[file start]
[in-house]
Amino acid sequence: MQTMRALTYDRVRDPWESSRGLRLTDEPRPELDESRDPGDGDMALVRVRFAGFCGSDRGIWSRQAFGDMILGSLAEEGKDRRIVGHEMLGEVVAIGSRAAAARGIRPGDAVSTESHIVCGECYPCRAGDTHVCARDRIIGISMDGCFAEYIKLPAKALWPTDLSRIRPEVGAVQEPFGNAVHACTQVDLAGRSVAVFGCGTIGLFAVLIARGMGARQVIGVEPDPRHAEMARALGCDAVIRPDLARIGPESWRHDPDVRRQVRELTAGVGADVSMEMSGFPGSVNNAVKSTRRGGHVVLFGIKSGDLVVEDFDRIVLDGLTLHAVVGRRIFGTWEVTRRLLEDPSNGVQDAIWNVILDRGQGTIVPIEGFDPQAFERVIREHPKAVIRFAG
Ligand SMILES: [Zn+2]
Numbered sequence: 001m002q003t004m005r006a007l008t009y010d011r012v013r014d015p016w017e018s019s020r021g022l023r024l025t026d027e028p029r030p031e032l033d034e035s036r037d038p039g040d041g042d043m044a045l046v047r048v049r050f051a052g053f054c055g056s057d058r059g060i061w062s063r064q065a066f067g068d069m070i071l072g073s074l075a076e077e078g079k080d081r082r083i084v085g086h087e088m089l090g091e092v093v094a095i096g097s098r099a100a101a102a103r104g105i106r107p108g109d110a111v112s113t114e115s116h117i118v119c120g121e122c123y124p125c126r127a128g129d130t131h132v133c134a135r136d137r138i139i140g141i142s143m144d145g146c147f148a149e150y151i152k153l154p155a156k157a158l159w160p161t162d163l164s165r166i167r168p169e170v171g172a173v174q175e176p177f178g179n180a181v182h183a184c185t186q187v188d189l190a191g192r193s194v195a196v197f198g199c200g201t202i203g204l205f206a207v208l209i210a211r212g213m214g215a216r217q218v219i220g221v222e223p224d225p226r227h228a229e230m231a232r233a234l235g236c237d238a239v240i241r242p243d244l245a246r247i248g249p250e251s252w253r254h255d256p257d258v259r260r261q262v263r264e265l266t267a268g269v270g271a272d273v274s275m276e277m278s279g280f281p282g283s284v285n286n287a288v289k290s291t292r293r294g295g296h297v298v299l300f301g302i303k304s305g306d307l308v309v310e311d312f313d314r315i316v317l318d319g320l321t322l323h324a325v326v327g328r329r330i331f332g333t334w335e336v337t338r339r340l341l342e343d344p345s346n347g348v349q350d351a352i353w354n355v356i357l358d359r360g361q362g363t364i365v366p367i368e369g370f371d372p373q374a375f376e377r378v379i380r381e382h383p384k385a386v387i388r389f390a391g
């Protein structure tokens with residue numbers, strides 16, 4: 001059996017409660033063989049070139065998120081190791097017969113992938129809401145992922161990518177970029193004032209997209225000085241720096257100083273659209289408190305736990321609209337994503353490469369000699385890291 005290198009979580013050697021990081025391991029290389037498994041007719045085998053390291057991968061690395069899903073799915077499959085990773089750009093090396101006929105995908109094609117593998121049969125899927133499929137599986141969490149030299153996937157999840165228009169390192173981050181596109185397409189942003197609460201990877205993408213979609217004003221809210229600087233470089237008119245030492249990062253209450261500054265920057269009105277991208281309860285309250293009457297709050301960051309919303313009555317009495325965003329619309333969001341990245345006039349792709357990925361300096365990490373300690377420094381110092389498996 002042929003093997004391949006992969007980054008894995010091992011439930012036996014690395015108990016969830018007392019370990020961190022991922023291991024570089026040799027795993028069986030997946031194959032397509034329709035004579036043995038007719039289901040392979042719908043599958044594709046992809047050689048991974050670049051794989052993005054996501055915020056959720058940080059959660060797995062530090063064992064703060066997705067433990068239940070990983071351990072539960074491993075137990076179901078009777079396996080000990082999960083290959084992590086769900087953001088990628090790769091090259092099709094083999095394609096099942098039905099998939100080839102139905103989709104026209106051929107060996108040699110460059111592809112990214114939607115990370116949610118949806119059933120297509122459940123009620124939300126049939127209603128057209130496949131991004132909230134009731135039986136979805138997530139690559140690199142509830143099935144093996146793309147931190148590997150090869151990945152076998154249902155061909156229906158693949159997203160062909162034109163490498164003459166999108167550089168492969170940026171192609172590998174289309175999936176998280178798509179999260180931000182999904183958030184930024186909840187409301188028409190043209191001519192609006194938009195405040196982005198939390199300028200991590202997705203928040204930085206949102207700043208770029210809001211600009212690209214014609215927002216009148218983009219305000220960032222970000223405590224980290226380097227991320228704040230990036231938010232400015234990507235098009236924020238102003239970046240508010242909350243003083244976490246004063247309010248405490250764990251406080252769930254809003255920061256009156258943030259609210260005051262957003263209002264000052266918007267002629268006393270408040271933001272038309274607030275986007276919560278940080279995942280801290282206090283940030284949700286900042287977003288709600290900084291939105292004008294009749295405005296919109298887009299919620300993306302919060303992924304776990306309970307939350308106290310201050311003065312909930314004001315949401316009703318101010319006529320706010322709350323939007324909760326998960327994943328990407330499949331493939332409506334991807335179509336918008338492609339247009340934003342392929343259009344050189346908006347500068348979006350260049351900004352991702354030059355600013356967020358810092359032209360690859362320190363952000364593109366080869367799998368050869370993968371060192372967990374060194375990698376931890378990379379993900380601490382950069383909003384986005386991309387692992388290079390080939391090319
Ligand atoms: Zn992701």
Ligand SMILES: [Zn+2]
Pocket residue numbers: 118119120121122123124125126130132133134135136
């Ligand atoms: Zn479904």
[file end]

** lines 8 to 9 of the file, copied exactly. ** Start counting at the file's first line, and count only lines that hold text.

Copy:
Pocket residue numbers: 118119120121122123124125126130132133134135136
């Ligand atoms: Zn479904």